Ditch the Burden of Making the Sale
Eliminating the subtle sales pressure on our clients means they can stop avoiding us.
Sometimes people in sales who don't use typical sales-talk, or sales-pressure methods, find themselves falling back into the 'chasing game' and are stuck in a negative cycle of sales frustration. There is a way to break out of this cycle though.
The answer lies in a hidden and quiet enemy called 'sales pressure'. It's not your typical overt salesperson type of pressure. Rather it's a subtle, beneath-the-surface, underlying sales pressure that can arise in relationships with potential clients without us even realizing what's happening.
This can happen when we are so focused on getting an appointment or a sale that the only message we're giving our potential client is that we're putting them through our sales process. Our conversation towards them causes them to distrust us because we're trying to sell them and their response is to evade, withdraw and conceal the truth of their situation. They sense that we don't honestly care about their situation and we simply wanted to make the sale.
How can we eliminate this subtle selling pressure we place on our clients?
Stop carrying the burden of pushing the sales process forward. Get your potential clients to talk about the problems they're facing. Instead of asking questions and trying to dig information out of them so you can make the sale, listen to them. Use your natural conversational flow to see where your potential client wants to take the discussion so they'll feel understood. If you can relax and do that, the sale process will move forward.
Donít use 'sales' lingo. You may not even know any sales language, like 'when shall I follow up', 'Can I come by and show you what I have?' or 'Do you still want to move forward?' If you don't know those lines, then forget you just read them. The only time you should be asking someone if they want to move forward is if they're holding up a checkout line at the grocery store. Imagine that your potential client is a friend and speak to them as you would a friend. Spontaneity in conversation and being at ease with your potential client will go a long way in helping develop trust in you and, by association, your products and services.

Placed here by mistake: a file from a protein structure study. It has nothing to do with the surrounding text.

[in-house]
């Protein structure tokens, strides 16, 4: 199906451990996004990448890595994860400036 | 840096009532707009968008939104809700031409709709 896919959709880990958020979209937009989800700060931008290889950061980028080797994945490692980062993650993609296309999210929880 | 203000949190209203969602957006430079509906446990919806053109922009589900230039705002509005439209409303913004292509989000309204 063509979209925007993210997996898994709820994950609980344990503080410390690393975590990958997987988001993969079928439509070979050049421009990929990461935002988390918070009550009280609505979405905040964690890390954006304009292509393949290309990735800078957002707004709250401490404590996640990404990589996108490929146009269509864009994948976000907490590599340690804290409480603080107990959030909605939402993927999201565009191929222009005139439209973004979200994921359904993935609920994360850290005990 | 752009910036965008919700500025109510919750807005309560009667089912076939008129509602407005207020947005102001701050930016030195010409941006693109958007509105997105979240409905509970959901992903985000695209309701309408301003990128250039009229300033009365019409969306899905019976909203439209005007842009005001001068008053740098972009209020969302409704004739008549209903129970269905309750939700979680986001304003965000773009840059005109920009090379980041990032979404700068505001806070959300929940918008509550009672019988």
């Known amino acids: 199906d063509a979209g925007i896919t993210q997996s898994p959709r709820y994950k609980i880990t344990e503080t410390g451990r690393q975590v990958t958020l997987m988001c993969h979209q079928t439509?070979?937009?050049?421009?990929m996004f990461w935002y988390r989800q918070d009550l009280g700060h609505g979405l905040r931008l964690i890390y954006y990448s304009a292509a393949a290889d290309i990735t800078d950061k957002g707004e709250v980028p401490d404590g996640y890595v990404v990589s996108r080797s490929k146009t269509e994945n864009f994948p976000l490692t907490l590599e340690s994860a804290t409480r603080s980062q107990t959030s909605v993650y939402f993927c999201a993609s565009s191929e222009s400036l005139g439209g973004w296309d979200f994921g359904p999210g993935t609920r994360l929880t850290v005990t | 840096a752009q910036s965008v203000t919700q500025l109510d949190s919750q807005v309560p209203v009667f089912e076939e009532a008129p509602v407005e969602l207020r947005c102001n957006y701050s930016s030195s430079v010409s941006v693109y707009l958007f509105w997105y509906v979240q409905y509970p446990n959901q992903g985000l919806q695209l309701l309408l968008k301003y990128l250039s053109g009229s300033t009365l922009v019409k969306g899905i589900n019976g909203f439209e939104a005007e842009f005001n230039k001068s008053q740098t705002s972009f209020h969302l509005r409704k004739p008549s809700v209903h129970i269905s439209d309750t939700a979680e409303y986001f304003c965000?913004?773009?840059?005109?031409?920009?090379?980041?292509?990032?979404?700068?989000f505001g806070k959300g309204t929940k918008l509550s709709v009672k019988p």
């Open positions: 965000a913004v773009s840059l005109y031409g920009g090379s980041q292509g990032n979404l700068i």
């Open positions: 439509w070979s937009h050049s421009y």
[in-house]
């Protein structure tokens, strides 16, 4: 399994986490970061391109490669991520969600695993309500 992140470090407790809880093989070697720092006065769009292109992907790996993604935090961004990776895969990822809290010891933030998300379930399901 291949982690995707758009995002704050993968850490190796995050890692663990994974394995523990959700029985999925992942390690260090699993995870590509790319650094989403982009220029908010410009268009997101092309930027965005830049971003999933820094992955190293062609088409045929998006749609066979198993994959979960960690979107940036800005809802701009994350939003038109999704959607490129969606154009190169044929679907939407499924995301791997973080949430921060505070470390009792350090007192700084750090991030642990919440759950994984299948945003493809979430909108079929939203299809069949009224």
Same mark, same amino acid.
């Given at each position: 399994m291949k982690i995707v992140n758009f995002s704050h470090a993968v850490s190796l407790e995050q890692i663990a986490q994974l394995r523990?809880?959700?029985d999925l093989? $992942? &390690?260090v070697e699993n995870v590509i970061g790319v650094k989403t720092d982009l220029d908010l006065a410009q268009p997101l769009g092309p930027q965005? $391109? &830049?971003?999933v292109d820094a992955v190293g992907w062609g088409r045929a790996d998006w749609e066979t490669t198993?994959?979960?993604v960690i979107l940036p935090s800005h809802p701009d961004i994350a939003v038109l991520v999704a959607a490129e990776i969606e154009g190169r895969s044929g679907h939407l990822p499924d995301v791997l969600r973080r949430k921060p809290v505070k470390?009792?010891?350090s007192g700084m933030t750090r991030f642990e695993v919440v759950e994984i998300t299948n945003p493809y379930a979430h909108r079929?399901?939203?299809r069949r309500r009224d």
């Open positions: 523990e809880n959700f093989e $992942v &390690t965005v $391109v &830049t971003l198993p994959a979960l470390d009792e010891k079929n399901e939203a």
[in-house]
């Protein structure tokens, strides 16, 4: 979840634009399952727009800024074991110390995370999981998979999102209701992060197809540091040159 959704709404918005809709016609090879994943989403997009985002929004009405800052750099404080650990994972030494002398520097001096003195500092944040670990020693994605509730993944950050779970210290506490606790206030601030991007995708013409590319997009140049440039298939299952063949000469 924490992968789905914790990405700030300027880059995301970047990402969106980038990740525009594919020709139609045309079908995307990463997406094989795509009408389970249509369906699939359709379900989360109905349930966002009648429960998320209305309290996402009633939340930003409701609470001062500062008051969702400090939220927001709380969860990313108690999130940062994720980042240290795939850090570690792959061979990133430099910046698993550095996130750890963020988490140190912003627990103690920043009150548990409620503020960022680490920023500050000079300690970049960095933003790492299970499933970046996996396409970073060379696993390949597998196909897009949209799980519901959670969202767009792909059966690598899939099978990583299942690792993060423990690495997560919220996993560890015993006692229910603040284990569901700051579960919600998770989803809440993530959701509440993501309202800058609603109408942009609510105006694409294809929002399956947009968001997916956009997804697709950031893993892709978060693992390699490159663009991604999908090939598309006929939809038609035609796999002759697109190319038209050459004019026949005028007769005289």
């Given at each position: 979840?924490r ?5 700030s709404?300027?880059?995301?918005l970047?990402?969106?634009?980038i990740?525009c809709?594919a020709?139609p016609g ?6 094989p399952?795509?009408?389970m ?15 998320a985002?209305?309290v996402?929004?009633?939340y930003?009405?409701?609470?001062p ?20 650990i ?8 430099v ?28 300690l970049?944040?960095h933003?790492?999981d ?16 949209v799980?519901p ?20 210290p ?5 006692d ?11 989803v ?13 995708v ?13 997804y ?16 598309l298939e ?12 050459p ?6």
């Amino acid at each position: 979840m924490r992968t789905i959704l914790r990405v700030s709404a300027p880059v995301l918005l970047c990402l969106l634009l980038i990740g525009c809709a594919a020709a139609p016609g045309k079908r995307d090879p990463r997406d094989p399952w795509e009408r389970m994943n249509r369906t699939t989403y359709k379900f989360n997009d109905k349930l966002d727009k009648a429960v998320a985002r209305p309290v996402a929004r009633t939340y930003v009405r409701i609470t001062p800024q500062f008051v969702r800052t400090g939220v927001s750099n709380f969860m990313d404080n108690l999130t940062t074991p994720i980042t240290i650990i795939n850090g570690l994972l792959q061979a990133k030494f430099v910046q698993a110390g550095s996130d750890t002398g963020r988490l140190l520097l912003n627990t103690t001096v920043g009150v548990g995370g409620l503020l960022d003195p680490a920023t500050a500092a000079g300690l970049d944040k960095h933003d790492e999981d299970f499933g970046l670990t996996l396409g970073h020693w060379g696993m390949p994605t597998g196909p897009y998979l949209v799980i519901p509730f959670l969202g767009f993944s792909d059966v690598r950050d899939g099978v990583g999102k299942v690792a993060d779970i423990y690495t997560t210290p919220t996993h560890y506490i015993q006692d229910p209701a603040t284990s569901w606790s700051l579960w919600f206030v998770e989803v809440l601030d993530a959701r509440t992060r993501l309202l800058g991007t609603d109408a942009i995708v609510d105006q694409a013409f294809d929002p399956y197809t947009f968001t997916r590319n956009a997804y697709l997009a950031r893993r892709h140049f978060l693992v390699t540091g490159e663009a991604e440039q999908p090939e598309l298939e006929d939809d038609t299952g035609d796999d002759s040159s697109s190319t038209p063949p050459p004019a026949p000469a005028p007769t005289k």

Be aware of what your inner voice is saying to you. Donít go into a conversation with a potential client by making assumptions that your product or service is a fit for them until youíve both decided that there's a problem to solve. Not being 'perfect' with a potential client isn't a sign of weakness but rather an indication that you're human too. Don't fear rejection because although rejection is a real possibility with some clients, you're not going to us an approach that would trigger rejection.
Shift the way you think about 'selling'. It's not a game, but rather it's a mission to help those in need. Go on, feel the relief that comes from shedding the burden of the negative sales stereotype.
Find new role models. Search out successful people who sell but don't use traditional selling and thinking behaviors. Watch how they build trust with clients as they would with friends. In this way they're keeping their own agendas in check so that the potential client feels that their own needs ~not the salesperson's commission check~ are priority number one.
Be open to new approaches. Don't let your sales goals take a toll on your self-esteem. You'll feel better if you stay away from exerting subtle and especially overt sales pressure on potential clients. Be natural, be friendly and put your client's needs over your need for a sale.
Search out new ways to build trust. Look to your personal life for examples of how you've built trust in your relationships. It's not about out-smarting your friends and family, it's about truly caring about their needs and their problems. Put the natural talent you already have for building trust to work for you with your potential clients. If they know you care about them, they'll be more likely to share their concerns with you and trust that you'll help them.
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